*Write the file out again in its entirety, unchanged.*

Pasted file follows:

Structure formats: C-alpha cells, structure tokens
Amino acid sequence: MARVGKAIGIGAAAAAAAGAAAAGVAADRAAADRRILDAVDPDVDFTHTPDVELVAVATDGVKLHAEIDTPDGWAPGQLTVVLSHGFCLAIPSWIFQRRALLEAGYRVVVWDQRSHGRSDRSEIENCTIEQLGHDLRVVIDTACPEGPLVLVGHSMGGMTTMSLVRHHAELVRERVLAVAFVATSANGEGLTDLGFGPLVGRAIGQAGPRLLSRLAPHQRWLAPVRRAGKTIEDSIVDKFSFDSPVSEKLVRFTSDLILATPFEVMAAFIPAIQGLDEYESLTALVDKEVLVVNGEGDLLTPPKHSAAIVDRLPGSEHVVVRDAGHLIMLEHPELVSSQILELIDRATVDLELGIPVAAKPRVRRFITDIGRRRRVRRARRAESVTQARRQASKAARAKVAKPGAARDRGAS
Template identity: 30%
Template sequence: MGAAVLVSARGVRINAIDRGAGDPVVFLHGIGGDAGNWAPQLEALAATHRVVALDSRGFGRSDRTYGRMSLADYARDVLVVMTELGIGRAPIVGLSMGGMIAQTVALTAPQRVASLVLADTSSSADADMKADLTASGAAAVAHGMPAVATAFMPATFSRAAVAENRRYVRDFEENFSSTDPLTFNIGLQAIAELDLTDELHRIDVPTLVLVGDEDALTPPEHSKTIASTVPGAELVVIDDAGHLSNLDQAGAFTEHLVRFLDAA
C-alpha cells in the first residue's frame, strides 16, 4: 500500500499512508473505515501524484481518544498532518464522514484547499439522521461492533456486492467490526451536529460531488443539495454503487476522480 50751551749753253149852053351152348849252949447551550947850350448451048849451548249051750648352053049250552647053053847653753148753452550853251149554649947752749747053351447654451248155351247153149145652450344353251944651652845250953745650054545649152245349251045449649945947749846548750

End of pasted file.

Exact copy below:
Structure formats: C-alpha cells, structure tokens
Amino acid sequence: MARVGKAIGIGAAAAAAAGAAAAGVAADRAAADRRILDAVDPDVDFTHTPDVELVAVATDGVKLHAEIDTPDGWAPGQLTVVLSHGFCLAIPSWIFQRRALLEAGYRVVVWDQRSHGRSDRSEIENCTIEQLGHDLRVVIDTACPEGPLVLVGHSMGGMTTMSLVRHHAELVRERVLAVAFVATSANGEGLTDLGFGPLVGRAIGQAGPRLLSRLAPHQRWLAPVRRAGKTIEDSIVDKFSFDSPVSEKLVRFTSDLILATPFEVMAAFIPAIQGLDEYESLTALVDKEVLVVNGEGDLLTPPKHSAAIVDRLPGSEHVVVRDAGHLIMLEHPELVSSQILELIDRATVDLELGIPVAAKPRVRRFITDIGRRRRVRRARRAESVTQARRQASKAARAKVAKPGAARDRGAS
Template identity: 30%
Template sequence: MGAAVLVSARGVRINAIDRGAGDPVVFLHGIGGDAGNWAPQLEALAATHRVVALDSRGFGRSDRTYGRMSLADYARDVLVVMTELGIGRAPIVGLSMGGMIAQTVALTAPQRVASLVLADTSSSADADMKADLTASGAAAVAHGMPAVATAFMPATFSRAAVAENRRYVRDFEENFSSTDPLTFNIGLQAIAELDLTDELHRIDVPTLVLVGDEDALTPPEHSKTIASTVPGAELVVIDDAGHLSNLDQAGAFTEHLVRFLDAA
C-alpha cells in the first residue's frame, strides 16, 4: 500500500499512508473505515501524484481518544498532518464522514484547499439522521461492533456486492467490526451536529460531488443539495454503487476522480 50751551749753253149852053351152348849252949447551550947850350448451048849451548249051750648352053049250552647053053847653753148753452550853251149554649947752749747053351447654451248155351247153149145652450344353251944651652845250953745650054545649152245349251045449649945947749846548750